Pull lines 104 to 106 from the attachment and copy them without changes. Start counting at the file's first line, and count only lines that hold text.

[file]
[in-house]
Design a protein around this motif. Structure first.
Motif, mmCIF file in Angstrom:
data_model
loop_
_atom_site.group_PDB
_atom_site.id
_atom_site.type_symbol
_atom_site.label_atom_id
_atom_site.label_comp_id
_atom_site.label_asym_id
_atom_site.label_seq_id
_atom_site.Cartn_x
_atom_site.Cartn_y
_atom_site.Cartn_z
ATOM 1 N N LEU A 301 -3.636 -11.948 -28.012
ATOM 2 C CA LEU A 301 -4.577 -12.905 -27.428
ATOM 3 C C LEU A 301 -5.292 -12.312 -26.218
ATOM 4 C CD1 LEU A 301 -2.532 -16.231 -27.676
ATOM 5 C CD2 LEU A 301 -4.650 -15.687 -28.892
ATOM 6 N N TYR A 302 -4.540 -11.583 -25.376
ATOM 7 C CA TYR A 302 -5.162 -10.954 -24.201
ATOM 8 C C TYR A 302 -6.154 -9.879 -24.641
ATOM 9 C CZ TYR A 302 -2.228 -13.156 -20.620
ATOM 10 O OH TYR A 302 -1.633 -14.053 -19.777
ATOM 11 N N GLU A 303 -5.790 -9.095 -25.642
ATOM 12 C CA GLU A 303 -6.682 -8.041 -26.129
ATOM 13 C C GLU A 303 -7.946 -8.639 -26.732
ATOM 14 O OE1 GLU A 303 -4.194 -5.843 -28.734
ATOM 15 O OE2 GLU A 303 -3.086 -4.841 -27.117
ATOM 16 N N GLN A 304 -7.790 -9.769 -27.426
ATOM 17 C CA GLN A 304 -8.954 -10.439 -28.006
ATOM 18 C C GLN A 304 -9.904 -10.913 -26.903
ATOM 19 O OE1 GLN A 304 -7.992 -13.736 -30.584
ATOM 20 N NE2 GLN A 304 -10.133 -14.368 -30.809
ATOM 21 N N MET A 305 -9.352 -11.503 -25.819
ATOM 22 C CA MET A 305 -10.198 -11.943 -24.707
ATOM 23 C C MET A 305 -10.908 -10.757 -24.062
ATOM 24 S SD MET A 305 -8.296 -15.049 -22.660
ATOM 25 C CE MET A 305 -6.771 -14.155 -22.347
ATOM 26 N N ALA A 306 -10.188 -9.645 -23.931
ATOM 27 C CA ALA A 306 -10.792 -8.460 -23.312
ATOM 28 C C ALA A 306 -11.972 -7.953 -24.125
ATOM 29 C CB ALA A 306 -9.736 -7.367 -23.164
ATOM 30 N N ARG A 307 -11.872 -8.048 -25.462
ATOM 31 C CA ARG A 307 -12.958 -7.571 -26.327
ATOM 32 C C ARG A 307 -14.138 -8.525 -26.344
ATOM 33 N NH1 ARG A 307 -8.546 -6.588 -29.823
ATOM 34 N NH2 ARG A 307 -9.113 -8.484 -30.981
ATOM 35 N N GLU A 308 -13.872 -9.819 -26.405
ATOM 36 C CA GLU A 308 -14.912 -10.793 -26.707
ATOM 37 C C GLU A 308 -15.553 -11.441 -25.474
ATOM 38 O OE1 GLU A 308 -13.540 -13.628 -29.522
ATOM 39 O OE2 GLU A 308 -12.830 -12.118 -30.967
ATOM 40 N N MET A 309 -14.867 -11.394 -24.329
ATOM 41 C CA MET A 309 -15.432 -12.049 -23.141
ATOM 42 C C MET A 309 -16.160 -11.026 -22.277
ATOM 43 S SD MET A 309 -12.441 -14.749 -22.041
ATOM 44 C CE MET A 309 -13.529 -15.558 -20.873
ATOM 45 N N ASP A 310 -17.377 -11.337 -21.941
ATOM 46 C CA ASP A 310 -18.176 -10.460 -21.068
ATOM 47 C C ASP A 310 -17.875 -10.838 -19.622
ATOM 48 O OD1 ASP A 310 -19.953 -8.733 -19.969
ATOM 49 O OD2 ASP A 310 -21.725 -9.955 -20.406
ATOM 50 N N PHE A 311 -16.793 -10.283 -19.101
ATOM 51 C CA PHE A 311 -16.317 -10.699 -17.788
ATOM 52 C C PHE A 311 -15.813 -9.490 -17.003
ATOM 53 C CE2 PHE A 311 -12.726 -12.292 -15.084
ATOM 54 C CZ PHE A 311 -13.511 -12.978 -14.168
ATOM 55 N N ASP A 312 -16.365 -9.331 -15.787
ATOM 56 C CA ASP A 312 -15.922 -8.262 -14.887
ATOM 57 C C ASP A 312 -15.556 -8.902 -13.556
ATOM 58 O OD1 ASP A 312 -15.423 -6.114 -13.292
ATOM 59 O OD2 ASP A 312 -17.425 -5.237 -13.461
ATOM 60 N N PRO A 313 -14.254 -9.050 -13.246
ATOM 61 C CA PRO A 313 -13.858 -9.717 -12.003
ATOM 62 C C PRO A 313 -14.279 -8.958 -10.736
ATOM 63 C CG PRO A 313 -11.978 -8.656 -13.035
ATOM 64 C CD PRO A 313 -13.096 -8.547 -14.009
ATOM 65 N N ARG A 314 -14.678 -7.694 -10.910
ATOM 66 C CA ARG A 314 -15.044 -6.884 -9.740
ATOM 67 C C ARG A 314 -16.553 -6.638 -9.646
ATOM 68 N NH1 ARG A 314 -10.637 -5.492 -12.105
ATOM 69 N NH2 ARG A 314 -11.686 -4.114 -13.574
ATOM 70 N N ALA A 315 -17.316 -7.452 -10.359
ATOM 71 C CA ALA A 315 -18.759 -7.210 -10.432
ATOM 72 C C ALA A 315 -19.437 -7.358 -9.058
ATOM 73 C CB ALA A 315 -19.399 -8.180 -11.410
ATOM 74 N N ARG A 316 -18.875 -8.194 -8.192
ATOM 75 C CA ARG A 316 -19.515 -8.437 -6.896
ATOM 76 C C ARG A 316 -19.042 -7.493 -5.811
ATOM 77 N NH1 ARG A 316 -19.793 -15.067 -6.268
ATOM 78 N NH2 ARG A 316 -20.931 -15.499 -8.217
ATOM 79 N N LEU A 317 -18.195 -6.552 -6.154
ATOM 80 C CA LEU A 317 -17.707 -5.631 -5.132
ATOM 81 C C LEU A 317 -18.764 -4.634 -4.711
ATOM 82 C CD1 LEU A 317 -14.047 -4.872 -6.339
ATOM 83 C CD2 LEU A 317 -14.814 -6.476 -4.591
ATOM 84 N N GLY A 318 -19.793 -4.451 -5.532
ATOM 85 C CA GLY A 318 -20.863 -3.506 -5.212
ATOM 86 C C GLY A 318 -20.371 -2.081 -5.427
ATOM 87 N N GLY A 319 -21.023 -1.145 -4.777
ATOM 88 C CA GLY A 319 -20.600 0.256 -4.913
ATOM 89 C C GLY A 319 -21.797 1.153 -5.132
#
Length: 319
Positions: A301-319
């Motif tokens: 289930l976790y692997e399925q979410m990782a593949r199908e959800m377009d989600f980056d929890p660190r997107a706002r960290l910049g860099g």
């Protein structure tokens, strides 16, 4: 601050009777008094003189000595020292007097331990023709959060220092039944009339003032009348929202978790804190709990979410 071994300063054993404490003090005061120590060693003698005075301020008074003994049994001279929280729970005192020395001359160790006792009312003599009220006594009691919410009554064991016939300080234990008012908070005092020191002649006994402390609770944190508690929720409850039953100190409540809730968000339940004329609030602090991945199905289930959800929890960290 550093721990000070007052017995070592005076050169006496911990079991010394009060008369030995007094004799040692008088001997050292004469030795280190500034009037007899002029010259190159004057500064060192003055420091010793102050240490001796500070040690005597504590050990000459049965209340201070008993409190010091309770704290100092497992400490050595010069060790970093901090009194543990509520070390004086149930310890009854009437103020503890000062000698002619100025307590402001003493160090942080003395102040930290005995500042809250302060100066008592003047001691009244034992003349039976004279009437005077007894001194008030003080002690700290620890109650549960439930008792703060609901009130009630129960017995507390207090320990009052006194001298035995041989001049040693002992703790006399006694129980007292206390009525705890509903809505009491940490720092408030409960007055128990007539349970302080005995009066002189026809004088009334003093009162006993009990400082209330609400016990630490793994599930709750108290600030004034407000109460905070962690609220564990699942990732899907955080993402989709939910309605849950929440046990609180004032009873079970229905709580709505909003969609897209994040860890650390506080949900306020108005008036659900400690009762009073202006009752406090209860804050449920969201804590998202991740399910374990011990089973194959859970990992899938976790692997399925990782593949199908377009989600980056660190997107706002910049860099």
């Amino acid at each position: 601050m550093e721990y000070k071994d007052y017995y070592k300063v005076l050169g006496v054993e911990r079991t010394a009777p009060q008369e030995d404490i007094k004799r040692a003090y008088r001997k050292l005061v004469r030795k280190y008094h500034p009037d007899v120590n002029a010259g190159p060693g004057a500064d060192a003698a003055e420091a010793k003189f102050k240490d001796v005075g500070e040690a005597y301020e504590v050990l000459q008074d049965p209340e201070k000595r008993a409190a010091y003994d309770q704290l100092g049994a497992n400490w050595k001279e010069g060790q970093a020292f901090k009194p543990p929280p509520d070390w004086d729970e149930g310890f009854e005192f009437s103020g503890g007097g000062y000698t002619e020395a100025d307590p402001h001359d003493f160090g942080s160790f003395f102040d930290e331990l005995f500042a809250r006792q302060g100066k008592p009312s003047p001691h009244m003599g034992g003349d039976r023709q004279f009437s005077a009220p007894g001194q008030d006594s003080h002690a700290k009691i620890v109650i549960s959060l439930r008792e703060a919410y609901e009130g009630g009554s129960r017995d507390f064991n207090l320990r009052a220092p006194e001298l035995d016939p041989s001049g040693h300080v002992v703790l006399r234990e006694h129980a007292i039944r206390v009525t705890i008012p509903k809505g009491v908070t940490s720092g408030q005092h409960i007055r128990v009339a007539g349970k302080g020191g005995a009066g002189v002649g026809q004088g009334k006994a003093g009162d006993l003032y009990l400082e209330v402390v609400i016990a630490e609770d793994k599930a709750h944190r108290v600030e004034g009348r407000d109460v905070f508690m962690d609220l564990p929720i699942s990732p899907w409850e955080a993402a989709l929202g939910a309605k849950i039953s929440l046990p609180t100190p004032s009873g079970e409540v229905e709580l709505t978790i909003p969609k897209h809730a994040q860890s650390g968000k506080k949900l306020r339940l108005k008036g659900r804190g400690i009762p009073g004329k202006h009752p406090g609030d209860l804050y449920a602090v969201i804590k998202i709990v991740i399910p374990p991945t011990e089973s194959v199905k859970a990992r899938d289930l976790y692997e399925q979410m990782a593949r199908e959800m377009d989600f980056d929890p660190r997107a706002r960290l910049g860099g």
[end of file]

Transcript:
ATOM 89 C C GLY A 319 -21.797 1.153 -5.132
#
Length: 319